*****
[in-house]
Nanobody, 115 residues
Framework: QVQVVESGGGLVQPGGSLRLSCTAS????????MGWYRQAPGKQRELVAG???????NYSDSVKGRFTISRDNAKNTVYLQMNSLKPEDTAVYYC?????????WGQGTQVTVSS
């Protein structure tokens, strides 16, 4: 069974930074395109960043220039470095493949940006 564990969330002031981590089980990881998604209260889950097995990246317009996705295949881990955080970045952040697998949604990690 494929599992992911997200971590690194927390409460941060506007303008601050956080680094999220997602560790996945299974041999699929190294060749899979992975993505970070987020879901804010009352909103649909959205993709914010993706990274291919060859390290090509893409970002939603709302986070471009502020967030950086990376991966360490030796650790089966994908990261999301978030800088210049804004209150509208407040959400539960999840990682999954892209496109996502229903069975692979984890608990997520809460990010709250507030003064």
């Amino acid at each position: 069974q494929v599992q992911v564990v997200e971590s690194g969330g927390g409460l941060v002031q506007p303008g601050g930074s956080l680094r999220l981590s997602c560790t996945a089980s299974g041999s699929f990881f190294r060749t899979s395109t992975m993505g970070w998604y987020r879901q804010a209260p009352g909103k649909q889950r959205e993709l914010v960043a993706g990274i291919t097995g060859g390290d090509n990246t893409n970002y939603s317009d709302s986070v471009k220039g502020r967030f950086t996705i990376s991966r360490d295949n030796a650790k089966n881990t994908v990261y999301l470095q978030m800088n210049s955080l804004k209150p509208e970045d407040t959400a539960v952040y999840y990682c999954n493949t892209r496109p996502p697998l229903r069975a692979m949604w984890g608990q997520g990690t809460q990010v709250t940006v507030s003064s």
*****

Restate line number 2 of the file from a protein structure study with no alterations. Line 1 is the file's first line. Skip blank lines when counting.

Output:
Nanobody, 115 residues